Open Access

Integrating the markers Pan I and haemoglobin with the genetic linkage map of Atlantic cod (Gadus morhua)

BMC Research Notes20103:261

DOI: 10.1186/1756-0500-3-261

Received: 21 June 2010

Accepted: 15 October 2010

Published: 15 October 2010

Abstract

Background

Haemoglobin (Hb) and pantophysin (Pan I) markers have been used intensively in population studies of Atlantic cod (Gadus morhua) and in the analysis of traits such as temperature tolerance, growth characteristics and sexual maturation. We used an Illumina GoldenGate panel and the KASPar SNP genotyping system to analyse SNPs in three Atlantic cod families, one of which was polymorphic at the Hb β1 locus, and to generate a genetic linkage map integrating Pan I and multiple Hb loci.

Findings

Data generated allowed the mapping of nine Hb loci, the Pan I locus, and other 122 SNPs onto an existing linkage genetic map for Atlantic cod. Four Hb genes (i.e. α1, α4, β1 and β5) have been mapped on linkage group (LG) 2 while the other five (i.e. α2, α3, β2, β3 and β4) were placed on LG18. Pan I was mapped on LG 1 using a newly developed KASPar assay for a SNP variable only in Pan IA allelic variants. The new linkage genetic map presented here comprises 1046 SNPs distributed between 23 linkage groups, with a length of 1145.6 cM. A map produced by forcing additional loci, resulting in a reduced goodness-of-fit for mapped markers, allowed the mapping of a total of 1300 SNPs. Finally, we compared our genetic linkage map data with the genetic linkage map data produced by a different group and identified 29 shared SNPs distributed on 10 different linkage groups.

Conclusions

The genetic linkage map presented here incorporates the marker Pan I, together with multiple Hb loci, and integrates genetic linkage data produced by two different research groups. This represents a useful resource to further explore if Pan I and Hbs or other genes underlie quantitative trait loci (QTL) for temperature sensitivity/tolerance or other phenotypes.

Findings

The Atlantic cod (Gadus morhua) represents one of the most valuable commercial resources for international fisheries [1]. Haemoglobin (Hb), pantophysin (Pan I), and microsatellite markers have been widely used to characterize the genetic diversity of Atlantic cod populations and their dispersal characteristics [2, 3]. In addition, Hb analyses have revealed correlations between allele types and traits such as growth [2, 4] , water temperature preference [5], age and seasonality of sexual maturation [6] or annual mortality [7]. Similarly, growth rate [8], water temperature, salinity and depth appear to have an effect on Pan I allele frequencies [2, 9, 10]. Recently, a large number of single nucleotide polymorphisms (SNPs) have been identified [1113] and two independent genetic linkage maps have been generated [12, 14]. However, although SNPs have been characterized in both Hb [15, 16] and Pan I [9, 17, 18], the position of these markers on a linkage map has yet to be determined. To overcome this deficit we used a combination of methods, i.e. a Illumina GoldenGate panel (Illumina Inc.) comprising 1536 SNPs and the KASPar SNP genotyping system (KBioscience, UK) to place these genes onto a genetic linkage map.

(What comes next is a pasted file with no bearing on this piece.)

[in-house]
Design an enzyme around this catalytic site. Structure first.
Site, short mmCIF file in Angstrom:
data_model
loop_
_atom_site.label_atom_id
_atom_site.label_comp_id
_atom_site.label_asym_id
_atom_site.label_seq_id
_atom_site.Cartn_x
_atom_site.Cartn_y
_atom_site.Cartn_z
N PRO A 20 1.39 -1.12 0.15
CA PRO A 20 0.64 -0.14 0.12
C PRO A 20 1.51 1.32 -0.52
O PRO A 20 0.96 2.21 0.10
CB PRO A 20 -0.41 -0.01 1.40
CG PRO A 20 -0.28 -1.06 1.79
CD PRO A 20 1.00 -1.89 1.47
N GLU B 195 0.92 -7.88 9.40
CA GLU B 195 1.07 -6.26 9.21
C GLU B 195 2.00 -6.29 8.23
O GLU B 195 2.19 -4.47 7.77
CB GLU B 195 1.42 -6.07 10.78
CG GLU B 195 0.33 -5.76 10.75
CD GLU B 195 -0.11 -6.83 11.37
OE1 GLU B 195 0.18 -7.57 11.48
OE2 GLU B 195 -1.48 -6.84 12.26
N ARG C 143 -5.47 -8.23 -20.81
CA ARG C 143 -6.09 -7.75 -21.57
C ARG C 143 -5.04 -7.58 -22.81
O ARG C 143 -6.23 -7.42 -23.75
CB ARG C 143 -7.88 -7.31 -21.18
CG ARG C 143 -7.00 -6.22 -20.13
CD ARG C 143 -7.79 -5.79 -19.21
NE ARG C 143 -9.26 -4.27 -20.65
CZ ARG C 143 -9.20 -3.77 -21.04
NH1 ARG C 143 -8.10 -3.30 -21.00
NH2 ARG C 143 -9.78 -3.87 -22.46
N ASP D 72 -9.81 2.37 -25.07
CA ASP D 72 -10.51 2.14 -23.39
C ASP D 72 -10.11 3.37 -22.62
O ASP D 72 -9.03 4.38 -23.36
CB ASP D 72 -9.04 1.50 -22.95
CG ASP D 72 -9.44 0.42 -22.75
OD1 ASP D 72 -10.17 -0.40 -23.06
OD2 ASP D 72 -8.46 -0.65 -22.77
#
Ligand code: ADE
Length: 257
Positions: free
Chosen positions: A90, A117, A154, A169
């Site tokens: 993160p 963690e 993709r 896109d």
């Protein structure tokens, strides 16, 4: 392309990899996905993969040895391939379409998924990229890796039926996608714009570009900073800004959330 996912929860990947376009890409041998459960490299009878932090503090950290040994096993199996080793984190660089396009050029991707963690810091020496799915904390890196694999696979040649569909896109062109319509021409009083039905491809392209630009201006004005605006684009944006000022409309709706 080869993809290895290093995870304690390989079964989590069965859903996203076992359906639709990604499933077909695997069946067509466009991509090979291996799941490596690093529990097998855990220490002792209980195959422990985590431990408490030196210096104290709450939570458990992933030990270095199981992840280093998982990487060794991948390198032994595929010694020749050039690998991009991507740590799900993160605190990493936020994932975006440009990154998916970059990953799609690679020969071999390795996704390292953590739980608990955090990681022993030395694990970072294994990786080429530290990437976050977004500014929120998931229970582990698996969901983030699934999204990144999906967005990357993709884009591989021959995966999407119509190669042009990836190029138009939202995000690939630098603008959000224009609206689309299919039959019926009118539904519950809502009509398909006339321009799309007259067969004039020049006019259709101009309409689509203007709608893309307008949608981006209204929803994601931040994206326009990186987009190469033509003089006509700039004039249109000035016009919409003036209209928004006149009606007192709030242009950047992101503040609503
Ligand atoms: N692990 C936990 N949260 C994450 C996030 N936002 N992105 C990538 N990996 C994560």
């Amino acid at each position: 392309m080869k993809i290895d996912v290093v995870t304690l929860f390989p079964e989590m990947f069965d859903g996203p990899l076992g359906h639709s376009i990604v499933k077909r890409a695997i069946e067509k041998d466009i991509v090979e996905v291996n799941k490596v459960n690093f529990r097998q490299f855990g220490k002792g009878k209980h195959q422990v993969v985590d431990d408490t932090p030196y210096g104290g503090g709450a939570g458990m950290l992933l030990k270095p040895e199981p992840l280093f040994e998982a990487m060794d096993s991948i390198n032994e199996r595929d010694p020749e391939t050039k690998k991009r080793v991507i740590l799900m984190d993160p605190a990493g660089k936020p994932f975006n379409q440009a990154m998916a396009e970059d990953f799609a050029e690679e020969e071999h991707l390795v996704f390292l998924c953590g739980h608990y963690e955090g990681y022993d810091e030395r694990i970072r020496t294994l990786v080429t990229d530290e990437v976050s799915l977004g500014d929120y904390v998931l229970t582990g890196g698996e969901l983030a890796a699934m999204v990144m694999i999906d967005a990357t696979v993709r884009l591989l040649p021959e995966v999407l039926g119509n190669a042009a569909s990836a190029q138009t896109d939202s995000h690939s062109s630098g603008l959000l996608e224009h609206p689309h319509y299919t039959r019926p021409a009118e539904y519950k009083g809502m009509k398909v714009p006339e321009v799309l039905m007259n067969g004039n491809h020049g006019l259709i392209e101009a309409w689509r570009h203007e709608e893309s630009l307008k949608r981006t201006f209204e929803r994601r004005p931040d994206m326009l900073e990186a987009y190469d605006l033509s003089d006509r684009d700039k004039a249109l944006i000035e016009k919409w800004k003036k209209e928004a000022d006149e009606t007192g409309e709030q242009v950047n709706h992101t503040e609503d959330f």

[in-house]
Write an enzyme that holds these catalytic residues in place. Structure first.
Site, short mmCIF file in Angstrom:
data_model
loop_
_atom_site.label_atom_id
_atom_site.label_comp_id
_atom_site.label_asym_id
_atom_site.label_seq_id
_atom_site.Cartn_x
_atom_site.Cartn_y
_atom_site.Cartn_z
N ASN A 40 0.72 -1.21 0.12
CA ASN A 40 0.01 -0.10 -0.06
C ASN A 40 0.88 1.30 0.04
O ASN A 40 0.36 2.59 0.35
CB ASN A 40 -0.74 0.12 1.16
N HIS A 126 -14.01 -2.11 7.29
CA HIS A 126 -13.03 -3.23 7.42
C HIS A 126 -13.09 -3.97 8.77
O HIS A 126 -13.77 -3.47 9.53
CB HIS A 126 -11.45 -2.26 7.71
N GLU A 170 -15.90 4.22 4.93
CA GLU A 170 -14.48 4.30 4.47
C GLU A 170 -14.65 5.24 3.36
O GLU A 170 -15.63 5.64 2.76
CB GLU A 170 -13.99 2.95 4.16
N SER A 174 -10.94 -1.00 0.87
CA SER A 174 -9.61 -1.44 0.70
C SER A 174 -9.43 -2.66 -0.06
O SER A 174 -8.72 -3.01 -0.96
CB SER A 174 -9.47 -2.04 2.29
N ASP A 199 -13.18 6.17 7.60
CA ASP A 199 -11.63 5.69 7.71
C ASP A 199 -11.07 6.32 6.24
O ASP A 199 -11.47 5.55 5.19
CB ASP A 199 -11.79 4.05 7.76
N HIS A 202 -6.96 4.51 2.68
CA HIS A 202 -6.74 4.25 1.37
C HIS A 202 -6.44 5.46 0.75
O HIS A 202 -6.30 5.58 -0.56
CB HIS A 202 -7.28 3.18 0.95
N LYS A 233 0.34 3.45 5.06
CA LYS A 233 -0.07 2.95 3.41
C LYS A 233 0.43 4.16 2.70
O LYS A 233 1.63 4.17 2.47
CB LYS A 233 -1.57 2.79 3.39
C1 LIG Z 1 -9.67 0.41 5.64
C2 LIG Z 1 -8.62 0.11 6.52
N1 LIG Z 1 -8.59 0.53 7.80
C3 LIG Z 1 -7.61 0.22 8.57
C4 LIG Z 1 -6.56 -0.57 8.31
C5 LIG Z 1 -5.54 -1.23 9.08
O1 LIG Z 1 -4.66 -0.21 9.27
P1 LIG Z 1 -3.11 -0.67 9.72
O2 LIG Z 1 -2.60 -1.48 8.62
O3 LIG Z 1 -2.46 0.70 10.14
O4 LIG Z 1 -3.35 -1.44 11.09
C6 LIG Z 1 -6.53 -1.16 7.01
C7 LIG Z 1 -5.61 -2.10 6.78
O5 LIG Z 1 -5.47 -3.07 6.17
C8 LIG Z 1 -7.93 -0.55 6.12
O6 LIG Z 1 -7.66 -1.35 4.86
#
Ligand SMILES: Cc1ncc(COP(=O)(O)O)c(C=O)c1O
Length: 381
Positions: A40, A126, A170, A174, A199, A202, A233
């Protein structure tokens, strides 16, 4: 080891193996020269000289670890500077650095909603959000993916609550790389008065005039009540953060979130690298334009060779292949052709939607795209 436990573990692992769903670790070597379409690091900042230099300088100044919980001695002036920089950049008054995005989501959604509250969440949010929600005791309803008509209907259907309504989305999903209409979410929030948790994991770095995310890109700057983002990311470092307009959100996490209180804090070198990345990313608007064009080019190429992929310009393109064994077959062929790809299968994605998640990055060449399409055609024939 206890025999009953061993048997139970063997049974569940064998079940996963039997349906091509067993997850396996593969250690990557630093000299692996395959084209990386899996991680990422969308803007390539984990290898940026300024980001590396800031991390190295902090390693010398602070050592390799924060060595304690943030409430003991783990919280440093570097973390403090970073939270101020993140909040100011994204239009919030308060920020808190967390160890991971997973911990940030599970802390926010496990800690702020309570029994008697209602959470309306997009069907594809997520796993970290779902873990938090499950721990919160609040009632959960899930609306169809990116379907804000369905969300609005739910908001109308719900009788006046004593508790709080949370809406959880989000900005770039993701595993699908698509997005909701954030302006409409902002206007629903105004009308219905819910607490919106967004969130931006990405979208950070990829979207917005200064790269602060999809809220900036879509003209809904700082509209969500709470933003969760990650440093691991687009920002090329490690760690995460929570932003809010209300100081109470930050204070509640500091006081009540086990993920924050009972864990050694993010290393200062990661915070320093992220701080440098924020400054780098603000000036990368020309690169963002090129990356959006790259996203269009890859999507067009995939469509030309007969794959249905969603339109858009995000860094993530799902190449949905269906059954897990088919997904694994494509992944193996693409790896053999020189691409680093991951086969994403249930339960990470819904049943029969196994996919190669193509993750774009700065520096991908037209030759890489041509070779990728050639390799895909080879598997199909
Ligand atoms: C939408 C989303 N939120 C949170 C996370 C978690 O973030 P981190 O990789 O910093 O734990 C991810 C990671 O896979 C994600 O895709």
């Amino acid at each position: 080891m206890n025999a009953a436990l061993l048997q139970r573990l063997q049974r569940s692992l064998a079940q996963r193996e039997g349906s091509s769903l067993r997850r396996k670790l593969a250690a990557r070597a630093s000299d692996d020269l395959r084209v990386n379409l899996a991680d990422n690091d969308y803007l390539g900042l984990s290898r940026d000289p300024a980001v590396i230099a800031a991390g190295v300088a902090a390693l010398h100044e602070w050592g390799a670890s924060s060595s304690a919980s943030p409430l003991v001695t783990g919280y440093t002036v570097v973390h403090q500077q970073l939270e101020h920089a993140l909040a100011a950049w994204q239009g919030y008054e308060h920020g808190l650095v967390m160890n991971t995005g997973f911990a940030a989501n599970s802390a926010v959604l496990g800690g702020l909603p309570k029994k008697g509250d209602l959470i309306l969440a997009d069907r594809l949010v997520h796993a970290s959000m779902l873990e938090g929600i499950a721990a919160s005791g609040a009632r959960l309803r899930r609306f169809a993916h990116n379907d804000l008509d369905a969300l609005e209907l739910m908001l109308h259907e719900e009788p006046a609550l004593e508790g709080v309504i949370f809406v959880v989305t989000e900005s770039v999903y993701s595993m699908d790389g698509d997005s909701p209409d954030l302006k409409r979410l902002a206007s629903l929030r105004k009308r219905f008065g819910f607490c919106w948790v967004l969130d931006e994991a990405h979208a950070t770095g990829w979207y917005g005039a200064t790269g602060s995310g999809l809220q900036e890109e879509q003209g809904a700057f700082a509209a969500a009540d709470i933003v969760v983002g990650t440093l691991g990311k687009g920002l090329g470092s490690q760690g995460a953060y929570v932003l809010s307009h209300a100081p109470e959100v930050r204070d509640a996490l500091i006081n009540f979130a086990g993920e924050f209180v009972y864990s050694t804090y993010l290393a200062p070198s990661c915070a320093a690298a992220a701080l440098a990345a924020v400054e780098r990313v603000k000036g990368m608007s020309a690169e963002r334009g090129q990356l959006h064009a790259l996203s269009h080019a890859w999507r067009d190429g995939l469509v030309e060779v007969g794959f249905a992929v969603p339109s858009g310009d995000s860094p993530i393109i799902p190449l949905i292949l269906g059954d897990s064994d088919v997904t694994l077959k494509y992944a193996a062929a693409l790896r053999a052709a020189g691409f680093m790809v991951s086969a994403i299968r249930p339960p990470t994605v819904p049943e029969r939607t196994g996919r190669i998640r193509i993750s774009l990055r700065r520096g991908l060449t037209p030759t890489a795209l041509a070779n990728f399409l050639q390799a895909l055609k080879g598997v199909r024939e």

Mapping the haemoglobin genes

We used a curated Illumina GoldenGate panel containing 1536 SNPs [12], including three SNPs identified in the Hb β1 gene, two SNPs specific to the Hb β3 gene and one characteristic for the Hb β4 gene (details in Additional file 1). These SNPs were derived from polymorphisms detected by sequencing nine Atlantic cod Hb genes in the parents and 15 progeny of a family, B30, that was determined to be heterozygous (1/2) at the HbI locus [16]. Western Atlantic cod populations are characterized by a low frequency of allele 1 at the HbI locus [19, 20]. Family B30 was one of the few families heterozygous at this locus produced by the breeding program of Atlantic Cod Genomics and Broodstock Development Project (CGP) [11]; parents and 93 progeny from this family were used to map these loci. Illumina GoldenGate probe design failed for several of the Hb SNPs, therefore additional Hb polymorphisms were identified and used to develop assays for the KASPar SNP genotyping system (Additional file 2). A genetic linkage map was constructed using JoinMap®4 [21]. The genotypes for progeny were converted to CP codes based on parental genotypes and mapping was performed using a LOD cut-off value of 5.0 and Kosambi's mapping function [21]. The 23 linkage groups obtained for family B30 were compared to the linkage groups previously reported by Hubert et al. 2010 [12]; a 1:1 correspondence between linkage groups (LGs) was confirmed and the corresponding LGs were merged (Figures 1, 2, 3; more details about mapping can be found in Hubert et al. 2010 and Additional file 1). The 23 linkage groups observed for family B30 (and those described in Hubert et al. 2010) matches the number of haploid chromosomes reported for the Atlantic cod by Fan and Fox [22]. The combined results from GoldenGate and KASPar assays allowed the mapping of all Hb genes analysed: Hb genes α1, α4, β1 and β5 were mapped on LG 2 while Hb genes α3 and β2, β3 and β4 were mapped on LG 18 (Figures 1 and 3). Sequencing data from the Hb α2 gene, which was not polymorphic in the B30 family, indicate that this gene is situated immediately adjacent to the Hb β3 gene [23, 24]; therefore the cluster of Hb genes located on LG 18 contains at least five different Hb genes. The mapping of Atlantic cod Hb genes is in agreement with other studies on fish and other vertebrates which indicate that Hb loci are placed on two linkage groups/two different chromosomes [25, 26]. Allele frequencies at the Hb β1 locus from several North Atlantic cod populations (Additional file 2) were similar to data collected by Hb allozyme electrophoresis [19, 20] suggesting that Hb β1, or other closely linked genes, might underlie QTLs.
https://static-content.springer.com/image/art%3A10.1186%2F1756-0500-3-261/MediaObjects/13104_2010_Article_665_Fig1_HTML.jpg
Figure 1